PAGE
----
a) UNITS THAT YOUR PERFORMANCE WILL BE ASSESSED AGAINST (a Depot Health and Safety and Banksman Signalling UNIT Plan the Routes and Timings for the Collection and Delivery of Goods CU1200 UNIT Manoeuvre the Van in Restricted Spaces CU 2160 UNIT Drive the Van on Public Roads in a Safe and Fuel Efficient Manner CU 2161

ASSESSOR SIGNATURE ...................................................

CANDIDATE SIGNATURE ...................................................

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Driving Goods Vehicles

Driving Assessment - Category 3.5 tonnes

Your assessor will use this sheet to record any faults you make during your assessment drive. You wll be allowed to make up to FIFTEEN faults (F) and still gain a pass. However, should you make ONE or more serious/dangerous faults (S/D), then you will fail the assessment drive. Multiple faults in any one category may result in a serious/dangerous fault being recorded. S/D F S/D F Eyesight

Ancillary Controls

Vehicle Checks

Judgement

Control

Crossing Traffic

Accelerator

When Overtaking

Gears

Clutch

Use of Speed

Footbrake

Handbrake

Steering

Move Away

Postion for Normal Stops Delivery / Loading

Safely

Position for Loading / Unloading

Undercontrol Use of Mirrors

Clearance from Barriers

Clearance from Buildings

Before Signaling

Distance from Other Vehicles

Changing Speed

Clearance from Obstructions

Changing Direction Use of Signals

Meeting Traffic

Junctions & Round Abouts

Where Necessary

Observation

Correctly

Approach

Properly Timed Responses

To Signs Signals

To Other Road Users Lane Discipline Pedestrian Crossings Awareness & Planning

Postion

Total Faults Serious / Dangerous Result: Pass

Fail

Assessor Signature:

............................................................................ Date:

41

............................................................................


Driving Goods Vehicles

Driving Assessment - Category 3.5 tonnes

Your assessor will use this sheet to record any faults you make during your assessment drive. You wll be allowed to make up to FIFTEEN faults (F) and still gain a pass. However, should you make ONE or more serious/dangerous faults (S/D), then you will fail the assessment drive. Multiple faults in any one category may result in a serious/dangerous fault being recorded. S/D F S/D F Eyesight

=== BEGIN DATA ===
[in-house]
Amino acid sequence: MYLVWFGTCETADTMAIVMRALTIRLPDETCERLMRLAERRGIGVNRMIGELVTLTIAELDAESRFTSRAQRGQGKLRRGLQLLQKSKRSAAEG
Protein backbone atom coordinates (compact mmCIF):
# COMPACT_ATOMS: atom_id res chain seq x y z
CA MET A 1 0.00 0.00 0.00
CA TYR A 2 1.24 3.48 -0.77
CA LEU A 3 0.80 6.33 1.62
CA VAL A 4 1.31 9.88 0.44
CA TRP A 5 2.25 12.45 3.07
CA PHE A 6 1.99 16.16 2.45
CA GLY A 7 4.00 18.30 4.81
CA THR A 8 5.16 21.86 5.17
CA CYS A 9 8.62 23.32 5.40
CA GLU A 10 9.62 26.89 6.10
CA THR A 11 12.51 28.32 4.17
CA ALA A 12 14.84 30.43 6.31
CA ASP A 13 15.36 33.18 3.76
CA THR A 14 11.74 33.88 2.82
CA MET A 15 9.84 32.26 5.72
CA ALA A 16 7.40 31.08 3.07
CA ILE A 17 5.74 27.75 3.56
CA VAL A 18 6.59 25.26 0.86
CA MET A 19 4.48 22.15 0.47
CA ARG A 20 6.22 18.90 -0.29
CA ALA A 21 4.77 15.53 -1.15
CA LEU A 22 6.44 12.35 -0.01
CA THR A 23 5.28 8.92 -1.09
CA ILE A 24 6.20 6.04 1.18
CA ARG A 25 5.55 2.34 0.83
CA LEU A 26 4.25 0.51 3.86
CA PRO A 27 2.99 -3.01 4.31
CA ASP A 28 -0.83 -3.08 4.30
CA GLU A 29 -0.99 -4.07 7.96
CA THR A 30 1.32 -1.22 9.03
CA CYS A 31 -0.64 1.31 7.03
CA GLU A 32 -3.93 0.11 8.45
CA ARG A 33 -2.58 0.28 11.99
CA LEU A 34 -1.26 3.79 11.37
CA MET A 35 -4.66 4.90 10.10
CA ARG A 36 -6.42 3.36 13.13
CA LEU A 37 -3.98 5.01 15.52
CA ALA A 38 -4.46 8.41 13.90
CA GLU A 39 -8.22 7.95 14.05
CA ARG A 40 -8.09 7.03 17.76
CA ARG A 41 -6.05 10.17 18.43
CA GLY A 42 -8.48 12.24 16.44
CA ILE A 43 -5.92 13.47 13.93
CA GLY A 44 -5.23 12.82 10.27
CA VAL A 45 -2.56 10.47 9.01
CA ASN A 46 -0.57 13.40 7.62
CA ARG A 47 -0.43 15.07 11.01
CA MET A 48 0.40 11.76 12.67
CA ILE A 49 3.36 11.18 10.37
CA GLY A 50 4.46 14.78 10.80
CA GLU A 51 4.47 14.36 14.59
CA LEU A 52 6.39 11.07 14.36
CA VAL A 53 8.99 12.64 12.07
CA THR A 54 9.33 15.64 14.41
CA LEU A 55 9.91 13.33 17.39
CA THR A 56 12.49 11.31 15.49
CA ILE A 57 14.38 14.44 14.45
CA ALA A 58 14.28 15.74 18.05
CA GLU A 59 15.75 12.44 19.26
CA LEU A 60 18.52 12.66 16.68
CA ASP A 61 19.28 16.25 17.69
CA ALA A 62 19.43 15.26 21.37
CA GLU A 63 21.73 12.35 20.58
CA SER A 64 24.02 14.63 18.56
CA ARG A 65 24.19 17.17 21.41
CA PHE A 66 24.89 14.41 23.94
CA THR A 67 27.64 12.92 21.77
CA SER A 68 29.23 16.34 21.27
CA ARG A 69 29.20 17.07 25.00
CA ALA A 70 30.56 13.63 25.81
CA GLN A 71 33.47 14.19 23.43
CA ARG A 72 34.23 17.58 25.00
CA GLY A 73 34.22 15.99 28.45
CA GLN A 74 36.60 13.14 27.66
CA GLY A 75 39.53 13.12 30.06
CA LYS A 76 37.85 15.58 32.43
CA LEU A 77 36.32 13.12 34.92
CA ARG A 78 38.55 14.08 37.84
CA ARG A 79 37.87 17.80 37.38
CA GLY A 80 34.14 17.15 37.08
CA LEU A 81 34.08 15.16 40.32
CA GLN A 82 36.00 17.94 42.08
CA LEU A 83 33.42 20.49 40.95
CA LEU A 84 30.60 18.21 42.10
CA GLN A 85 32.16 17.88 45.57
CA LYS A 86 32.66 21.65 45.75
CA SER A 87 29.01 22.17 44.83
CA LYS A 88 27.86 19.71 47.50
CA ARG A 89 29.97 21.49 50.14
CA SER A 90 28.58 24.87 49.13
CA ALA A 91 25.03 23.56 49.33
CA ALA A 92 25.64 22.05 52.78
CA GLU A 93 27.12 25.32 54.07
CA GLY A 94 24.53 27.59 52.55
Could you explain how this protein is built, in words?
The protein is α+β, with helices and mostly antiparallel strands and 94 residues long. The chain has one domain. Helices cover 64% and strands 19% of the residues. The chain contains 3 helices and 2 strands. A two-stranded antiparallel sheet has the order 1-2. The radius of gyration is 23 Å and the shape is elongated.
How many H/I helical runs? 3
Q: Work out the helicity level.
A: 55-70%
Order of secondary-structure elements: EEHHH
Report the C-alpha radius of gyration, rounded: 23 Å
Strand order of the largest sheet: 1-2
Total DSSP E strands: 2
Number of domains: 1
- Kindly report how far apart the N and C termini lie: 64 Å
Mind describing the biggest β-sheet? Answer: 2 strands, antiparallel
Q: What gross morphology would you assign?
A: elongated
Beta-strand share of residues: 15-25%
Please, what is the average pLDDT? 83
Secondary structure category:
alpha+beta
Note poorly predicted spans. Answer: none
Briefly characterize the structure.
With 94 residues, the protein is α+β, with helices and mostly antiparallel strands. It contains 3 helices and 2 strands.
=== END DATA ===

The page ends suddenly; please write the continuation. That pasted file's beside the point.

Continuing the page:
Ancillary Controls

Vehicle Checks

Judgement

Control

Clutch

Footbrake

Handbrake

Steering

Move Away

Safely

Undercontrol

When Overtaking Use of Speed Postion for Normal Stops Delivery / Loading

Position for Loading / Unloading

Clearance from Barriers

Clearance from Buildings

Before Signaling

Distance from Other Vehicles

Changing Speed

Clearance from Obstructions

Changing Direction Use of Signals

Crossing Traffic

Accelerator Gears

Use of Mirrors

Meeting Traffic

Where Necessary

Junctions & Round Abouts

Observation

Correctly

Approach

Properly Timed Responses

To Signs Signals

To Other Road Users Lane Discipline Pedestrian Crossings Awareness & Planning

Postion

Total Faults Serious / Dangerous Result: Pass

Fail

Assessor Signature:

........................................................................... .Date:

42 ....................................................................


Driving Goods Vehicles

Professional Discussion / Review

When you have completed your workbook and practical assessment(s), your assessor will conduct a review of your work. This is an opportunity for your assessor to obtain any outstanding evidence or ensure that any weak evidence is made more robust and meets the required standards.

Your assessor will detail any discussion and reference this against the unit standards below.

Professional Discussion / Review

Professional Discussion / Review

Assessor Signature:

Date:

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Accrington & Rossendale College Driving Academy Broad Oak Campus Broad Oak Road Accrington Lancs BB5 2AW Telephone: 01254 389933 e-mail : info@accross.ac.uk